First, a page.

Brian Jessel has loved cars since he was a kid. (photo by Alfonso Arnold)
Brian Jessel chose one of the most consequential years in Vancouver’s history, 1986, to embark on his self-named BMW dealership. Since Expo 86, both the city and Brian Jessel BMW have changed, but, according to Jessel, one thing remains constant.
“We take a personal approach to the car business. We cherish our relationships with our clients and like to spoil them and treat them as VIPs. This is how I want to be treated, so this is how I grow my business relationships,” Jessel said in a recent interview.
And he also works to grow community. Among the organizations that have benefited from his philanthropy are Jewish Federation of Greater Vancouver, Jewish Family Services, Congregation Schara Tzedeck, Lubavitch BC, the Jewish Museum and Archives of British Columbia and the Isaac Waldman Jewish Public Library.
In the general community, Jessel’s Cabriolet Charity Galas, started in 2004, are among the premier philanthropic events of the year in Vancouver. The annual galas, which raise money for pancreatic cancer research, have brought in more than $2 million and have seen the likes of talk show host Jay Leno and blues singer Colin James perform in the past.
Enthusiasm for the automobile runs in Jessel’s family. His father, Bernie, a leading figure the Toronto car market, instilled a fascination with the industry – an excitement that has carried through to future generations.
“I loved cars from the time I was a toddler; it’s probably in my DNA. I now have a 4-year-old grandson who is exactly the same; he sleeps with cars in his bed and won’t let go of the steering wheel if he gets into the driver’s seat. I bought him and his 6-year-old brother cars – yes, real cars. I just need to wait 12 years to give them to them,” he related.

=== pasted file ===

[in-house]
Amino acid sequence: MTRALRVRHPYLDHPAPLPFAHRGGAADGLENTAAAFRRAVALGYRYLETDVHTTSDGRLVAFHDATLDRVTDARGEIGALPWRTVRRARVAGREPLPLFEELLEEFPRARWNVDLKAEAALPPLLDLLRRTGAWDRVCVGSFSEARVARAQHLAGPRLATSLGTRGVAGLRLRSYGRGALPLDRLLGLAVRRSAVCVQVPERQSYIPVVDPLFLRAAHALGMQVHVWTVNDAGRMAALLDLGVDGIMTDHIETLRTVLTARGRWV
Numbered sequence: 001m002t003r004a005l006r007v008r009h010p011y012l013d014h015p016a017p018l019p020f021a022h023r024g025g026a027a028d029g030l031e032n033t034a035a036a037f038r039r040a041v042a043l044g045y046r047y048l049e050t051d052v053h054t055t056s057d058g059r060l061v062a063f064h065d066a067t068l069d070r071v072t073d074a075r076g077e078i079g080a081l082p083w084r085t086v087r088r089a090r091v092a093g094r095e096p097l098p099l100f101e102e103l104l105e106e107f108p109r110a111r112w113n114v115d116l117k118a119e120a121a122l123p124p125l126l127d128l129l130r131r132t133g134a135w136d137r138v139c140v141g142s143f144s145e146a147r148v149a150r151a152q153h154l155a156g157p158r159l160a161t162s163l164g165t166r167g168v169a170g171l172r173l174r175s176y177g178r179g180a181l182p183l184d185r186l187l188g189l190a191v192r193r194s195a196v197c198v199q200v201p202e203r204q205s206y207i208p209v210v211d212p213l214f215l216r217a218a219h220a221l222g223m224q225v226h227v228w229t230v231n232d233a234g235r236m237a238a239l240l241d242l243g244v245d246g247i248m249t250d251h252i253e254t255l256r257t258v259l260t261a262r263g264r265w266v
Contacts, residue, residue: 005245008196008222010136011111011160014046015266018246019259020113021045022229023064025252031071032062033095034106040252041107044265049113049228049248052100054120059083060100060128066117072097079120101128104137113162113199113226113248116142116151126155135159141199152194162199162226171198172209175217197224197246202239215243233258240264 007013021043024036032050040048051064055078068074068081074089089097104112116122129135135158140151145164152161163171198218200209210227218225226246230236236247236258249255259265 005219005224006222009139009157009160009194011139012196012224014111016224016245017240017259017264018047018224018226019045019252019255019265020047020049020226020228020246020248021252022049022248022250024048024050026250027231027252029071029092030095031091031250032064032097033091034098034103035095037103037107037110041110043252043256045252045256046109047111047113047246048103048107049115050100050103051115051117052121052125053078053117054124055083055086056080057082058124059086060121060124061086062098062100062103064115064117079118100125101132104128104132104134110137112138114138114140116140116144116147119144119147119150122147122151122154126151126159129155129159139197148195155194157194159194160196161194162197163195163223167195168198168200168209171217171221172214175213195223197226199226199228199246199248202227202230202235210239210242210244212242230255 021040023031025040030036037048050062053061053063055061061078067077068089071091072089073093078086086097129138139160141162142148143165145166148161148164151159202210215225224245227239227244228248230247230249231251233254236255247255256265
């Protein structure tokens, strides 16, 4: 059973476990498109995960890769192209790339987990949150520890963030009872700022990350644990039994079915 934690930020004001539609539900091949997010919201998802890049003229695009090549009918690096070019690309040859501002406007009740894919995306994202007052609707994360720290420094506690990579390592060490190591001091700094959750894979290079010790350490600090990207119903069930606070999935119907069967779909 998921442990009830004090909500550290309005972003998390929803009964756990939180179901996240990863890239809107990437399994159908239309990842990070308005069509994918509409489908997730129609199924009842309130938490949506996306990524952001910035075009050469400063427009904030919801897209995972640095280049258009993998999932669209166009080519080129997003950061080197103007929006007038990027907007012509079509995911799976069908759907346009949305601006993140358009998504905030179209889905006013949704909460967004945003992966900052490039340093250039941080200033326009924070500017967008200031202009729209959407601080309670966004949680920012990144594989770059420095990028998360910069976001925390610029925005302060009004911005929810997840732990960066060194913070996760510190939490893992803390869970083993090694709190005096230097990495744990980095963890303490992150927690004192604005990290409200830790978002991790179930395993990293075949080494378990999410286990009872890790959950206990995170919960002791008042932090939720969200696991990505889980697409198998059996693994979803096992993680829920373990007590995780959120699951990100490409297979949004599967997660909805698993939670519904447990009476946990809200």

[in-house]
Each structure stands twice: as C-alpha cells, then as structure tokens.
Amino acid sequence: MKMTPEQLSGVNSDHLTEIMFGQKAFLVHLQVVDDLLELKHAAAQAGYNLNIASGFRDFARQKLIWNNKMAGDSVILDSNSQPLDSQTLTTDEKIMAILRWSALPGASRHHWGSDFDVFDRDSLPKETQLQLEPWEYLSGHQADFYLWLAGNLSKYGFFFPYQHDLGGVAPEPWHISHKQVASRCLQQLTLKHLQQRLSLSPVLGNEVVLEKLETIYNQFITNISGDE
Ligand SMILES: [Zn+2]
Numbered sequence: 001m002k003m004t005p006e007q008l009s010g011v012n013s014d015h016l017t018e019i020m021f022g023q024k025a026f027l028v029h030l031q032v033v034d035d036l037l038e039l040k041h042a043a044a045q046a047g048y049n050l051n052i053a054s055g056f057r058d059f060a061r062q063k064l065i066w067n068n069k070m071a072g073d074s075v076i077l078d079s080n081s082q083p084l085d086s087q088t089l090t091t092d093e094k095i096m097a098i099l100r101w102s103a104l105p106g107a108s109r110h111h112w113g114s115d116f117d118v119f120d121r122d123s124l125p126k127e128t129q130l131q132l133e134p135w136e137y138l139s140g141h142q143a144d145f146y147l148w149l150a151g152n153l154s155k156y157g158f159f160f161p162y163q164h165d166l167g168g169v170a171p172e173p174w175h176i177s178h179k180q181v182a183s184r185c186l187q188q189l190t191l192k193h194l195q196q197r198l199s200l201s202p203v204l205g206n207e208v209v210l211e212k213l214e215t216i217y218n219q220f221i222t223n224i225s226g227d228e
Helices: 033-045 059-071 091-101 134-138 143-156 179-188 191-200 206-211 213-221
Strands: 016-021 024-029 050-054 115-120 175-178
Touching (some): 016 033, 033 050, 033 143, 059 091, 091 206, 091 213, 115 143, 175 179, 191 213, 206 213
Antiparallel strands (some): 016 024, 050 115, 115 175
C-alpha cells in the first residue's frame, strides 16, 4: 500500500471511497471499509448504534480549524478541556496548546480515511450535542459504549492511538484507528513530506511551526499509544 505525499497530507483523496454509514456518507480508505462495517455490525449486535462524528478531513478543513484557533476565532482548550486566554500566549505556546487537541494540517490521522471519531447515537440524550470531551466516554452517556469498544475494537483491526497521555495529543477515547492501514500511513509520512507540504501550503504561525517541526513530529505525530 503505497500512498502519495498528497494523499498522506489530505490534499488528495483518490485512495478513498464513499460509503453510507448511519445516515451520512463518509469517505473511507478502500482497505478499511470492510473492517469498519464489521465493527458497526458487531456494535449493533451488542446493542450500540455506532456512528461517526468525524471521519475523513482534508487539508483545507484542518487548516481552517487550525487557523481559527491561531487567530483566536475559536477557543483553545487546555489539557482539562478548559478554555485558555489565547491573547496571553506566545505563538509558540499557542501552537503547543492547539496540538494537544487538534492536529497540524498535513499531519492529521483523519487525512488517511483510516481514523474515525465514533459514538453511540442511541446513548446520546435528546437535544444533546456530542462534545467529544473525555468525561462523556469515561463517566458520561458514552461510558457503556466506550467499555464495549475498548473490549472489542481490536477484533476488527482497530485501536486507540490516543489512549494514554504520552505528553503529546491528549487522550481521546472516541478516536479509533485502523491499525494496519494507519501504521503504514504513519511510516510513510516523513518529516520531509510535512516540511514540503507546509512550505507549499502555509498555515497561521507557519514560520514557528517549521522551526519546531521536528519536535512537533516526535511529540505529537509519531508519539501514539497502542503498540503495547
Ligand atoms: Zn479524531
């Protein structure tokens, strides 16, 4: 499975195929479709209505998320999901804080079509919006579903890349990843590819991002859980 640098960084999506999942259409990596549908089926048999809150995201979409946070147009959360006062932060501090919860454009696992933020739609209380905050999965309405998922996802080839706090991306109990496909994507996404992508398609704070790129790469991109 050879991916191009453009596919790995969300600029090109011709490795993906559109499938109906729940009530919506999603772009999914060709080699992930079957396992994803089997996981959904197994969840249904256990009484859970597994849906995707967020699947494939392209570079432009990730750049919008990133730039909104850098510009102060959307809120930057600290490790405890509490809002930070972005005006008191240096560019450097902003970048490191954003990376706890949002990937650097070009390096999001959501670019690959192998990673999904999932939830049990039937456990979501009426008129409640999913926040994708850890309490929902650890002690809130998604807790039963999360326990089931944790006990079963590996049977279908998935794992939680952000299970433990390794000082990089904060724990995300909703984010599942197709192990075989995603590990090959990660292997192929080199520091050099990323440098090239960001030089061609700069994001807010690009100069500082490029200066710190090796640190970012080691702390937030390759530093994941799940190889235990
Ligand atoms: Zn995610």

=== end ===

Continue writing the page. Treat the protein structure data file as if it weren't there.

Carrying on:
The desire to be in the car business maintained such a strong pull for Jessel that other career possibilities did not stand much of a chance.
“I went to university (in Michigan) but never graduated – I wanted to get to work. I interviewed at a prestigious Bay Street stock firm and was accepted for the position, but I never started. A couple of weeks later, I was selling cars at a classy GM dealership on the west side of Toronto,” he recalled.
Eventually, in 1972, he made it out west, opening his first used car lot with six automobiles on a leased space at Burrard and 1st Avenue. Jessel sensed the appeal of foreign cars, even back in the 1970s, and turned that first car lot into a Fiat dealership – along with selling pre-owned vehicles, specializing in imports.
“These were days when, if a Jag went down the road, people stopped and looked,” said Jessel, who also attributes his success to having the gumption to take a chance when opportunity comes calling.
Before establishing itself at its current location in Vancouver in 2004, Brian Jessel BMW operated out of locations in Langley and Coquitlam. Today, it occupies a 66,000-square-foot new-car facility on Boundary Road, with an additional 36,000 square-foot pre-owned-car space nearby. Brian Jessel BMW sells more than 5,000 cars a year.
Jessel gives much of the credit to his staff for his thriving business. “Our people are knowledgeable but also warm and engaging,” he said. “And we are laser focused on all things BMW. We aren’t using a cookie-cutter format that works for selling everything from Bentley to Hyundai, like large dealership groups need to be. Yet we are the size of five dealerships, so we still have all the economies of scale of the multi-brand.”
When asked about the differences in running a dealership now as opposed to 35 years ago, he said, “As with everything in the world, the computer has changed how cars operate. Twenty years ago, I went to Europe and drove the upcoming BMW 7 Series. It had a dial in the centre console that controlled many of the car’s functions. Auto journalists hated the iDrive System when they first saw it. Now, almost every manufacturer has followed BMW’s lead and has a similar operating system.”
And there is the move to electric vehicles as well.
“The new frontier is the electric car. There is a mystique I like about electric cars,” he said. “They are so quiet and have amazing low-end power. I still love the feeling of an internal combustion engine, however, it is inevitable that electric vehicles will dominate by the end of this decade.”
Brian Jessel BMW has started taking orders for the new BMW iX, as well as the four-door sedan version, the BMW i4 – both of which are fully electric.
Sam Margolis has written for the Globe and Mail, the National Post, UPI and MSNBC.